Why Money Doesn’t Solve Money Problems

Why Money Doesn't Solve Money Problems

We’ve all thought it — myself included. “If only I could get that raise, then all my financial problems would be solved.” Or if you haven’t thought about that, surely you’ve said to yourself, “If I could just find an extra $200 each month, I could rest easier. I’d finally have some wiggle room in my budget.”

I’m here to tell you that, unfortunately, money is not the answer. There’s a principle called the Parkinson Law, which essentially says, “Our resources will fill up the space that we give it.” So in regards to money, this tells us that if we make $60,000/yr, and then get a raise to $65,000/yr, our expenses will gradually rise until we are in the exact same position as before. The additional money has done nothing for us.

I know this sounds contradictory. Surely if things are tight, having just a little extra will give you some breathing room.

While I don’t have hard evidence to back up this statement, I feel safe in saying that most individuals around the world have a tough time just making ends meet. Paying bills, getting rid of debt, and saving for a rainy day seem virtually impossible when the month stretches too far, and the paycheck stretches too little.

Ready for this? Your money problems have nothing to do with money. It’s a behavior problem.

This is all too apparent in the media. A few months back, Kanye West reported having money issues, and reached out to Google’s Larry Page in hopes to receive funding for a business venture (which he never received). He then went on to disclose that he had more than $53 million in debt. How does someone with an estimated net worth of $145 million struggle with money?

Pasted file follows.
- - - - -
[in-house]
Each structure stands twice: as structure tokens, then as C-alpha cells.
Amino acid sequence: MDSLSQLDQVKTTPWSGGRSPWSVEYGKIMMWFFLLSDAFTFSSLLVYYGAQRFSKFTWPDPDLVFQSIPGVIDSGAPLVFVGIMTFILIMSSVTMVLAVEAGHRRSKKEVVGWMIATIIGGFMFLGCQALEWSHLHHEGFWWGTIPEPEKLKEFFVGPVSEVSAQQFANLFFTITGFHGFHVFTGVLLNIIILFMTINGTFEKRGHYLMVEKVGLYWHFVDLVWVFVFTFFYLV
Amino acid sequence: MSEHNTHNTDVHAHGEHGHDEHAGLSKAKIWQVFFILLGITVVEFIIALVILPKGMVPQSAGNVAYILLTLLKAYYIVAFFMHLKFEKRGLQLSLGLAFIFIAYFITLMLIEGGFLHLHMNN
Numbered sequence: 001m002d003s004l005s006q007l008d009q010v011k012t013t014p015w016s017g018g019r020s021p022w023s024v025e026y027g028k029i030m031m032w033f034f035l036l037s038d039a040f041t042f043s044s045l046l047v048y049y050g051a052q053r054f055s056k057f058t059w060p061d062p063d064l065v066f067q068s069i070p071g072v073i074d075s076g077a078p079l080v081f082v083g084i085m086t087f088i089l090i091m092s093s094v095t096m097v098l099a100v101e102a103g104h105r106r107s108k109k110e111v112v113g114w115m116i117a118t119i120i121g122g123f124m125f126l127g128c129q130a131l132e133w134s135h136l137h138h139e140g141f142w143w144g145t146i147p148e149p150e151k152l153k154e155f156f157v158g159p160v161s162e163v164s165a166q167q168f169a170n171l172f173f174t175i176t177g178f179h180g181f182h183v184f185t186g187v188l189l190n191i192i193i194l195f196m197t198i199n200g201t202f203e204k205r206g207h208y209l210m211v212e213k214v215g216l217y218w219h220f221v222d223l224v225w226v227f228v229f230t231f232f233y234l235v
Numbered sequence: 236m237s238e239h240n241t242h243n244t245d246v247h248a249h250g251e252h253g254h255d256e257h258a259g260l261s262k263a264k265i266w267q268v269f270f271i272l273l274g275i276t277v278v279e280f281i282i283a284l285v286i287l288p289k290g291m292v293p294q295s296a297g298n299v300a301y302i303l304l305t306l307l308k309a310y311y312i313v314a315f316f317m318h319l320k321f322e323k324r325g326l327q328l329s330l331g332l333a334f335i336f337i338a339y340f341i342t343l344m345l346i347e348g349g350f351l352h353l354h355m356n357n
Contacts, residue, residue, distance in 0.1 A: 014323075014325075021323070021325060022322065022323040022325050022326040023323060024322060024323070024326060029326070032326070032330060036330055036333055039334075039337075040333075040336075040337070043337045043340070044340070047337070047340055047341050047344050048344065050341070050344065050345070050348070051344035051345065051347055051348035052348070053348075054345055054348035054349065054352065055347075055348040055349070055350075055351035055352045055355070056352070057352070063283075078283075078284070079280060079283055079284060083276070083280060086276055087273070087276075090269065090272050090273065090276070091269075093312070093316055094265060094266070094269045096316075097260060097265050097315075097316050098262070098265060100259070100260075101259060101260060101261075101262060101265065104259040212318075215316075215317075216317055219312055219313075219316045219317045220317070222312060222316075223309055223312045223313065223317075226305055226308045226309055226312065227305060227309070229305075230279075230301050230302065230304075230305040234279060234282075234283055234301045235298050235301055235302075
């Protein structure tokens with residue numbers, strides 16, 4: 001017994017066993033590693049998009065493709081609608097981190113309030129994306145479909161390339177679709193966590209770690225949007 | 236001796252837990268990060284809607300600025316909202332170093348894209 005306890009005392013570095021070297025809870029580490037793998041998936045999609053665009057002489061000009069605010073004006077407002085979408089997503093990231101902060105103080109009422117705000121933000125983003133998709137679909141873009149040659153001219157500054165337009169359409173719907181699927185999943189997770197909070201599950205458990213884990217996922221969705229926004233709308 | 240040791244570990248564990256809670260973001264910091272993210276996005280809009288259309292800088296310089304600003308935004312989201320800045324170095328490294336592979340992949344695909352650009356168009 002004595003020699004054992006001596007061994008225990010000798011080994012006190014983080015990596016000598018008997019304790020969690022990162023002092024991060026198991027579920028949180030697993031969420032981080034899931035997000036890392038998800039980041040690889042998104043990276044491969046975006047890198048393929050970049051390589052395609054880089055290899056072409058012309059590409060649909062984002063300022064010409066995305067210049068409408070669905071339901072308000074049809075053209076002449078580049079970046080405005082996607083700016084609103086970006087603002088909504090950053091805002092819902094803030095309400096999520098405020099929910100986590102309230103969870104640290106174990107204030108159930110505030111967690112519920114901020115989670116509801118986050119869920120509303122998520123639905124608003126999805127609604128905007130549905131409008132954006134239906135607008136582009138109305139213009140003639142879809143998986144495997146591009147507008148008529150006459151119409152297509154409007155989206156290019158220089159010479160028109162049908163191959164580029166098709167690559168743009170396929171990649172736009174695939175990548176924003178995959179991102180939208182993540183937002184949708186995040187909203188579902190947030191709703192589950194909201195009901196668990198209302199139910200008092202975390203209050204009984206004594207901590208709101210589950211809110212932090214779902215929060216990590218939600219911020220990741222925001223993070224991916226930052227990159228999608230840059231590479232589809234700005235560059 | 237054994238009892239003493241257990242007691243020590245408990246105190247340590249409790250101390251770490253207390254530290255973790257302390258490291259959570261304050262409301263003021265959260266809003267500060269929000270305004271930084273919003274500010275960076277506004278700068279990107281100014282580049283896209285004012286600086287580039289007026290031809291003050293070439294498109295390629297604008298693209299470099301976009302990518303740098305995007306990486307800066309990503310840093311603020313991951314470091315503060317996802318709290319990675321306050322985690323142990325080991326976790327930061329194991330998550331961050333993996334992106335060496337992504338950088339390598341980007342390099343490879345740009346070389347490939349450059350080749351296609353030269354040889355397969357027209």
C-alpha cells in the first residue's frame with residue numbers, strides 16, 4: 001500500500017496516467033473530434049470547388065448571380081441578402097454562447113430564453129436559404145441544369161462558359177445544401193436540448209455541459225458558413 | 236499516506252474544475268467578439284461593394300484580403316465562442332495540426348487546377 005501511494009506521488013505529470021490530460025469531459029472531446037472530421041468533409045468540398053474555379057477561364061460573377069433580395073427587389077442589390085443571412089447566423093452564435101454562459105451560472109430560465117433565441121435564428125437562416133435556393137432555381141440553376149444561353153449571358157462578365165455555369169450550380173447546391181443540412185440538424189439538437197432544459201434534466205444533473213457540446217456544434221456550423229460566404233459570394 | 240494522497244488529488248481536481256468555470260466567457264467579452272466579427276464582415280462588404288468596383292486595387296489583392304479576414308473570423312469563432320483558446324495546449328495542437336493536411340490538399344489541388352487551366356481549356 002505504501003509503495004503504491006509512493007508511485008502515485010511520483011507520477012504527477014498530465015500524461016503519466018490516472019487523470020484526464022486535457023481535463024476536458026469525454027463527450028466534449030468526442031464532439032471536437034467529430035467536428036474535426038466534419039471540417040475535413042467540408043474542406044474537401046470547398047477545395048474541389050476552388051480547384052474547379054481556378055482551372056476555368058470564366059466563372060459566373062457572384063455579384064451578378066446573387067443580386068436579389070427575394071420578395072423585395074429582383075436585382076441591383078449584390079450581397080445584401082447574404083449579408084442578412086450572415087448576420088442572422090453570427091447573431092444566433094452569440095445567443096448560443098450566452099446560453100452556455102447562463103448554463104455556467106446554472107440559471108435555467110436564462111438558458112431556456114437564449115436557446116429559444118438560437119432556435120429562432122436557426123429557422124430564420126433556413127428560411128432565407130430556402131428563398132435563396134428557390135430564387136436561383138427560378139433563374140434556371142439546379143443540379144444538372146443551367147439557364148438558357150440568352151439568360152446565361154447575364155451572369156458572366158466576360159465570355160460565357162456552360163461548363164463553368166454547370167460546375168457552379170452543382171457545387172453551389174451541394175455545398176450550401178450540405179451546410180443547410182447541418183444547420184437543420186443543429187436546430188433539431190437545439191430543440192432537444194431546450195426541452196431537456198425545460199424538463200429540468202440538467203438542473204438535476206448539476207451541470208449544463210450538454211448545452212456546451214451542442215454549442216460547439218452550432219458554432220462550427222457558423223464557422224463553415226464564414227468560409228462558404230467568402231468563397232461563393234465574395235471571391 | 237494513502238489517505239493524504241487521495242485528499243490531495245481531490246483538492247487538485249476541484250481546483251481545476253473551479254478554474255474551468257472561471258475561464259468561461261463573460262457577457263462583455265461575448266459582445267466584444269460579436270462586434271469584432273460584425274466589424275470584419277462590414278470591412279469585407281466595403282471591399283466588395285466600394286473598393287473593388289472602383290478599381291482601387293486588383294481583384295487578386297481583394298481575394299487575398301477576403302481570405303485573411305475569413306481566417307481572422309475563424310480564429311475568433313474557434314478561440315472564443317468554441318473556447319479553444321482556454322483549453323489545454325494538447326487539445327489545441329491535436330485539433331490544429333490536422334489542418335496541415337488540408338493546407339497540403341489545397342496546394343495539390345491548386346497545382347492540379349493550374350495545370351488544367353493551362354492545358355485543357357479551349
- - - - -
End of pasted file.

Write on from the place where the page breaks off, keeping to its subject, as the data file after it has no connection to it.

So how do you fix it?

One of the most freeing feelings is looking at your bank account at the end of the month, and having something remain. Not just breaking even. Having money left over. Rather than telling people to “live within your means”, I now tell people to “live below your means”. So what if you can afford that car? You don’t need it. You can make do with what you have.

I actually find it somewhat of a game to see how little I can spend each month. It’s exciting to me to see how much I don’t spend on things that I could easily. Rather than spending $65 per tank of gas, I now spend $25 to fill up my commuter car. Rather than spending $5/morning on a cup of coffee, I skip it altogether. Instead of grabbing a burger for $8 each day for lunch, I go to the grocery store ahead of time and see if I can make my entires weeks lunches for the same price. It’s fun to see how creative you can get.

Do you really need that?

Saving money is great, and cutting costs on everything you can will always help. But ultimately, it comes down to asking yourself, “Do I really need this?” Winter is slowly approaching, and while it would be nice to have a brand new, stylish coat, is it a need, or is it a want? Your coat from last year is in great condition, and does the job just perfectly. Consider telling yourself “no” for now to help prepare yourself for a better financial future.

We often tell ourselves that we need these items so desperately, yet 100 or even 50 years ago, many of these items didn’t even exist in the first place and people seemed to get by just fine. We need to take a step back and be completely honest with ourselves to determine whether these are wants or needs.

The bottom line

Whether you make $20,000/yr or $200,000/yr, you will never have enough. Money is always relative. Take a look at what you think you can “afford”, and then try to cut that budget by 3/4 or even half. Living below your means will always ensure that you have enough to make ends meet. It’s fine to treat yourself occasionally, but make sure that you set aside cash for these expenditures outside of you normal budget.

I promise you that this is the most liberating feeling and is worth more than any new car, or losing sleep over how you’re going to make the payment on your new $800 cell-phone.

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